Maybe we’re all on the Kinsey Hetero–Homo Scale. I’ve certainly given off gay vibes. When I was in college I stood outside a pet store ogling puppies when a woman approached and clamped her hand on my thigh. “No. I’m not—” I sputtered before dashing off. A hometown girl had a crush on me too. Wooed me with bar drinks I never should have accepted. Tried to kiss me goodbye when I moved away after college. Seven years later, when I returned home after a horrible marriage, I sought shelter in a fundy religion and swallowed the sanctimonious Kool-Aid. I couldn’t hate gays the way some congregants did, but I denounced the lifestyle until I remembered the biggest rule of all: love. I’m still repenting those Pharisaical years. I’m especially repenting how I treated that gay friend who had bought me all those drinks: “I’ll pray for you,” I’d written in a kiss-off letter where I also condemned her sexuality. I cringe when I think of my unholy intolerance.
A decade later I walked a bustling San Francisco street, outdoor cafés jammed with patrons. I kept pace with pedestrians, feeling brave and big-city. About ten yards ahead I spotted a woman strutting toward me with the determination of a New Yorker. She had spiked tawny hair, biker boots and jacket. She would have fit in perfectly with the gangs of self-proclaimed bull dykes in Houston who liked to intimidate, well, everyone. She was smiling at the sky, and as she neared, I wondered what she was so happy about. When she was three feet from me, she cocked her arm and punched me hard in the shoulder as she passed. She never looked me in the face. I staggered a bit, more from disbelief than pain. I spun toward the café patrons whose dropped jaws indicated they’d borne witness. I rubbed the wound and headed back to my hotel feeling less brave and worldly wise. I wondered what I’d done to make me a target, yet again. Not the first time I’d given off odd signals. Now, I pin it on karma. I was getting a big-fisted dose. Kiss this off.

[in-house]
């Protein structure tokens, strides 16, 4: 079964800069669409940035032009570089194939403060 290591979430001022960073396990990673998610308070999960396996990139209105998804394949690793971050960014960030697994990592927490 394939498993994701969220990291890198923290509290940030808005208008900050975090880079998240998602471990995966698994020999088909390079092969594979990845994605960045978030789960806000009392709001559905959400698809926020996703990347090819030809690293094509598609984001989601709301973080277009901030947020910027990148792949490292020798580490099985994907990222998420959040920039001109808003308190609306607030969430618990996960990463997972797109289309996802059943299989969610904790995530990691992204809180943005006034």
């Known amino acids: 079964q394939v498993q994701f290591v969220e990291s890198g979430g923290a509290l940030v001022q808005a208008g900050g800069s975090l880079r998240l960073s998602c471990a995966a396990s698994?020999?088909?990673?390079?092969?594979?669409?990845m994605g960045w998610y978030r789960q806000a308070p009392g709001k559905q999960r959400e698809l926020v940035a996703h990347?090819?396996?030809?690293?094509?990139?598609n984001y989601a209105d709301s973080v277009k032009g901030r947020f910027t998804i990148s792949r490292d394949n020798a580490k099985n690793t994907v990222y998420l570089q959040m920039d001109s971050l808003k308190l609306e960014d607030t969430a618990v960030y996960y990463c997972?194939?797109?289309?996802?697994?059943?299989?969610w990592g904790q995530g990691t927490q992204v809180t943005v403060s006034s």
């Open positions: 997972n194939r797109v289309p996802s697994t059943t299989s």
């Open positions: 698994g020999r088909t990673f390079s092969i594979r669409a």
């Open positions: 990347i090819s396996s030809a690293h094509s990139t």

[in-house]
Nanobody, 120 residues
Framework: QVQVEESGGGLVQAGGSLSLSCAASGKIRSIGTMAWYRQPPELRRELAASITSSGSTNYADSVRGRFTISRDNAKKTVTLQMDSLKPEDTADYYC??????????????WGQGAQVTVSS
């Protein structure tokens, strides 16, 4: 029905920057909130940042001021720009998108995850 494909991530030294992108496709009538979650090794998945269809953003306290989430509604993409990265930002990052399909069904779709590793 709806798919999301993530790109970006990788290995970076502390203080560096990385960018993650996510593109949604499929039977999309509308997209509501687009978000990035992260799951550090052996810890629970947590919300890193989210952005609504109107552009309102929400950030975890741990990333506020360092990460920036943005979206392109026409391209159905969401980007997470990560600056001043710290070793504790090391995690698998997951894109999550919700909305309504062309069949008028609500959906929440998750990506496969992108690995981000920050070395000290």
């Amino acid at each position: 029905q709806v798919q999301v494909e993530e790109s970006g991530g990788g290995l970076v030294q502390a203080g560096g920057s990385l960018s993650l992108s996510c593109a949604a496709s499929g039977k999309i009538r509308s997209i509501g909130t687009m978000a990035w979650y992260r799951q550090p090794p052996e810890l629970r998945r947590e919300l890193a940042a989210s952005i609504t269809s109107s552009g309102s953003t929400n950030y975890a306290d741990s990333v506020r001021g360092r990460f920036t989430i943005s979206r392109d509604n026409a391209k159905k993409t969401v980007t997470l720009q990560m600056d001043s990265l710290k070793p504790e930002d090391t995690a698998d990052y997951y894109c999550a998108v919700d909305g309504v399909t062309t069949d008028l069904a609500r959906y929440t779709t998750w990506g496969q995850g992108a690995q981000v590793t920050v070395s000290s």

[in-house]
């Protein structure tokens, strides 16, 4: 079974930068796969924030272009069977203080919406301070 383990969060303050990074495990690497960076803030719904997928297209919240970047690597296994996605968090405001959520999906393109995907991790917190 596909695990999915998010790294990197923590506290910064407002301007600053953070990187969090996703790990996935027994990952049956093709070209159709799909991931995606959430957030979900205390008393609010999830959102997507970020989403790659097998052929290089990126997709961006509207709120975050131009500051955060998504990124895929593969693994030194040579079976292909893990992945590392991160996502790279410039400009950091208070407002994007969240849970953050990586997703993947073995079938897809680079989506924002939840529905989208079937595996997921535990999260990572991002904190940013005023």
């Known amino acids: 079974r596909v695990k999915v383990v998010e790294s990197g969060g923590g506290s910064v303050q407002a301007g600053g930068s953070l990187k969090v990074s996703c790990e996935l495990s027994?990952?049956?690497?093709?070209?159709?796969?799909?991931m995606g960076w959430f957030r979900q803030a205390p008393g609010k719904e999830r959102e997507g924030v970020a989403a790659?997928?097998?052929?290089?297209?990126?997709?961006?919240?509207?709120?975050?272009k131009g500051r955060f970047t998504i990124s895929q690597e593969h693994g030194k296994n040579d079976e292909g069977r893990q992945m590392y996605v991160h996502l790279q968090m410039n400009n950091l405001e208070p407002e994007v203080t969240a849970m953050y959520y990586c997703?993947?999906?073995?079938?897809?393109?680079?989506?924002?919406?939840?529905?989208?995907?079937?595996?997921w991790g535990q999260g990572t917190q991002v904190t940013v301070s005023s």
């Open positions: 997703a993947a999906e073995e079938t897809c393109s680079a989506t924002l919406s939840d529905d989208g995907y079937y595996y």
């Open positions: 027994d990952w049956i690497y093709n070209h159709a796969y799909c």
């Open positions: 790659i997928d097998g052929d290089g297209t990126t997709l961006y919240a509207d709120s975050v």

I know that transgender and gay are two different things, but in our culture they are both considered other, something too many of our citizens fear. We needn’t fear other. We needn’t fear offering or receiving acceptance. Other, however, has something very real to fear: winding up tied to a barb-wired fence, left for dead in a power company parking lot.
When I met that big girl in the library, I was impressed by her bravery, her daring to claim who she was. Though she could likely handle herself if threatened, I hated that she had to collect potential allies like others collect cookbooks or figurines.
I never received a late-night phone call from her. I never apologized to my gay friend for shunning her during my period of unholy zeal. I repent in my fiction. Craft big-hearted gay and transgender characters who often offer more grace than straight folks. It’s small penance, but it’s the best way I know to return the favor.
Manilla is a graduate of the Iowa Writers’ Workshop. Her novel, The Patron Saint of Ugly, received The
Weatherford Award. Shrapnel won The
Fred Bonnie Award for Best First Novel. Stories in her collection, Still Life with Plums, first appeared in
the Chicago Tribune, Prairie Schooner, Mississippi Review, and other journals.
Her essays have appeared in Word Riot, Cossack Review, Still, and elsewhere.
Learn more at www.mariemanilla.com.